Eyy Funky Moped
The attractions around Pai are well spread out so most people rent a moped for a day or two and make their own tour. Pai was quieter than other towns (we’d been tempted to try it on Koh Phangang but had been put off by the very high death rate) but it still meant joining the stream of traffic that flows around the town. Having never even managed to drive a go kart around a ring without crashing I was not especially confident in my abilities. At the rental office the weather turned on us and we were told we’d have to wait for it to clear up. We were sat opposite a girl in crutches with bandages on her face and arms. Apparently she’d flipped her moped over trying to avoid a dog. Worryingly it seemed like every other person who came back had sustained at least a minor injury. I was close to wussing out when the rain suddenly stopped.
The two of us balanced on the back of a moped as we were driven down a muddy alley to a small house. A huge pig lay on it’s side under a wooden shelter surrounded by strutting chickens. To the side of the house was a small paved area. We were shown how to start and stop the moped, where to put the fuel and drove a few unsteady circles each around the paved bit in each direction. Driving test passed we were let loose on the road.
Though the first twenty minutes were nerve racking once you get out of the town and away from all the traffic it’s actually very easy. Other than a minor incident were I drove into a ditch and ended up horizontal across both lanes leading to a car breaking hard as they came around a sharp corner and barely stopping in time things went off without a hitch and they let us see the many splendid sights around Pai.
One of the spots I was excited to see was a small elephant centre. It’s described in guides like a little old ladies house with some elephants nearby you can go and see and feed. When we rolled up a mahout was riding an elephant towards us. On it’s back a carriage carrying two people rolled gently from side to side. Off the side of the road was a small enclosure with a bamboo platform to use to climb onto the elephants. Inside two elephants stood, sometimes rolling their heads from side to side but otherwise still. Another tourist at the edge of the enclosure was trying to lure an elephant over with a piece of fruit but it just stood staring at her. A nearby mahout noticed and went over to the elephant. The man pulled it’s ear in front of him and held a cigarette lighter to it to drive the elephant forwards despite everyones protests. At the fence the elephant reached out without vigor and gently pulled the fruit out of the womans hand. It looked at us with big, hopeless eyes and passed the fruit into it’s mouth.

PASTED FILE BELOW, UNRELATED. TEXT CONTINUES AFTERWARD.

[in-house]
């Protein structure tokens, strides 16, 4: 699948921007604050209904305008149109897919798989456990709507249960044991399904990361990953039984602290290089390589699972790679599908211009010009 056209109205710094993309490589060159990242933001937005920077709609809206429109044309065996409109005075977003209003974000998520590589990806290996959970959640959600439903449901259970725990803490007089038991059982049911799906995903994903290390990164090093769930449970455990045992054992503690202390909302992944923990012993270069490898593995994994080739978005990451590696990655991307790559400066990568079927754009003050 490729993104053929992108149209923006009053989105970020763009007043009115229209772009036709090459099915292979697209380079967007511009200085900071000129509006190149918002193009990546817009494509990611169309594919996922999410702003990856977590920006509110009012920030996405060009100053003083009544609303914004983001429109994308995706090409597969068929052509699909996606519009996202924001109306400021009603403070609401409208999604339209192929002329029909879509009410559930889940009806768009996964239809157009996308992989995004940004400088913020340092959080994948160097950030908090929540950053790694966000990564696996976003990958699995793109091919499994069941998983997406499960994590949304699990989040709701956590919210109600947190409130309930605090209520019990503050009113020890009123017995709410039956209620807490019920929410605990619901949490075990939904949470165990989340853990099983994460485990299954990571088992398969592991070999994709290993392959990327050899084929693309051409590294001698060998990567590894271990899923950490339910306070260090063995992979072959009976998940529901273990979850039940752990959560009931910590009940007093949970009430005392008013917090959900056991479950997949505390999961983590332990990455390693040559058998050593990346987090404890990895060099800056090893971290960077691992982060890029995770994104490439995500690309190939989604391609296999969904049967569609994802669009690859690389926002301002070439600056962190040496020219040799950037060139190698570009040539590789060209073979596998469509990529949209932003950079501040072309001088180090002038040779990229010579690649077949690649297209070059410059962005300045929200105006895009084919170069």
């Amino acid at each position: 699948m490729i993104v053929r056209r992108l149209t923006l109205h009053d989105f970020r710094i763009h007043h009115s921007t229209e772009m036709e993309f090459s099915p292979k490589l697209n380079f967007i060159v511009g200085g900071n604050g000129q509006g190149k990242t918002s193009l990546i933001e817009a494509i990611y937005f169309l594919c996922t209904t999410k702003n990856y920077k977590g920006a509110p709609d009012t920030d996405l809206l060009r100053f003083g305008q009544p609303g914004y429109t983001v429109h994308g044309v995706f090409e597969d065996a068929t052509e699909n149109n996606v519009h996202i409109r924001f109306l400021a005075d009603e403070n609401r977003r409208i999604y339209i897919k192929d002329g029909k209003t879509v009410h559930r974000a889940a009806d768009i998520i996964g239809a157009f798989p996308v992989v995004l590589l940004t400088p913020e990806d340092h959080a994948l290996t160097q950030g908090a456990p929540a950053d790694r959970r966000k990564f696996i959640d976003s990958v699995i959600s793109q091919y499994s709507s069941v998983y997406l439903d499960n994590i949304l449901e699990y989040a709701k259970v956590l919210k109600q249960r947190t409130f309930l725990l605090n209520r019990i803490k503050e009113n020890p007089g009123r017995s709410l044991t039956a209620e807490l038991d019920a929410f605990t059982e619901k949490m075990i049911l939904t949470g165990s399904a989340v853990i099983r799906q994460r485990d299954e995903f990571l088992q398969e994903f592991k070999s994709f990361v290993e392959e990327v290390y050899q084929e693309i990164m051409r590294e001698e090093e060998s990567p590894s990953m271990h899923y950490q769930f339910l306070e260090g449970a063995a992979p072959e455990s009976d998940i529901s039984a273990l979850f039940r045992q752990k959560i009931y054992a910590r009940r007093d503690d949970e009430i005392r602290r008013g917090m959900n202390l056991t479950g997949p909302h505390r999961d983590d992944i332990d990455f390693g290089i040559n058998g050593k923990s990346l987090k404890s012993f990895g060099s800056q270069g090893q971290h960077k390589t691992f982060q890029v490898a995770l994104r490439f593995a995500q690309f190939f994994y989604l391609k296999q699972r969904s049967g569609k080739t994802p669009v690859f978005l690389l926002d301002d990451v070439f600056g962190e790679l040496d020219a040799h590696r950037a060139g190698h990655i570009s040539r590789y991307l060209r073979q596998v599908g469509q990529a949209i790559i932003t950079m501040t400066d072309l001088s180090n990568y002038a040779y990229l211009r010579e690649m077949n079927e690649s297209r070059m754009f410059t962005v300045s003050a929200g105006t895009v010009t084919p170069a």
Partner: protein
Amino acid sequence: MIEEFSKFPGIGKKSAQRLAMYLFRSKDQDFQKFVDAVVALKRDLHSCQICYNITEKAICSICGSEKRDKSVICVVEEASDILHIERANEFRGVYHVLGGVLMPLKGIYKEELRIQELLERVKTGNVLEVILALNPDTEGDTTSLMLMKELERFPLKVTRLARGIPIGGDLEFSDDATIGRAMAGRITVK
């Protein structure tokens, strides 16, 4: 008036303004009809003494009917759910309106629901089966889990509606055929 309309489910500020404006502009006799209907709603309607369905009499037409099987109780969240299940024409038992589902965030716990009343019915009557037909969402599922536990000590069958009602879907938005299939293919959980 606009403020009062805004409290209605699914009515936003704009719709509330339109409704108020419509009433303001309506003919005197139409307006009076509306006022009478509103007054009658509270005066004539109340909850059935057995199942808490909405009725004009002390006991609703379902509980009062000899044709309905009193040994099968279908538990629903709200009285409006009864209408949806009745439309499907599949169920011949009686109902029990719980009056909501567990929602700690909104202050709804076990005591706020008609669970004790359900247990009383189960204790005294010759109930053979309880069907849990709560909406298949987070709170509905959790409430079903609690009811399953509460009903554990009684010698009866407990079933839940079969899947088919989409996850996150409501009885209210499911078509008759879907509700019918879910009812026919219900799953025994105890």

Before we left Pai I wanted to try some proper Northern Thai meals. Up north they like their meat. So much so that many of the traditional meals can be served cooked or raw for those who just can’t wait. I’d had a glimpse of this with the chicken when I arrived but outside of one or two excellent street food stands most of the high street sustenance is pretty poor or worse - vegetarian. The really good stuff is out of town. I read about Larp Khom Huay Poo online but it took me nearly an hour to find as it was so small I walked past it once without realising and then entered the wrong building on the second try. It’s tiny menu consists of variants of the typical northern Thai dish and ‘meat salad’, Laap, a so spicy it’ll make your eyes leak, pile of minced pork fried with mounds of fresh green herbs. It puts all other salads to shame and cost me around £2. It was glorious and a good meal to have in me as we prepared for the 762 turns once more.
Back in Chiang Mai things were mostly as we had left them. Sheltered down a side street, our hostel was still an accident waiting to happen. Three stories of rooms overlooked a swimming pool and a bar where the whisky was cheaper than the water. Behind that bar was a slightly manic but very friendly Thai man who would laugh whenever he didn’t understand what someone had said. He wasn’t good at simple drinks so would always take 5 minutes and make something very fancy instead. It was a habit that drove one friend, a young Scottish expat we’ll call ‘Scott’ for the sake of his continued career, mad as the bartender could never resist sneaking a splash of lemon into his rum and redbull. He tried to complain about it many times but the bartender would always just laugh and laugh.
A Walk in a Park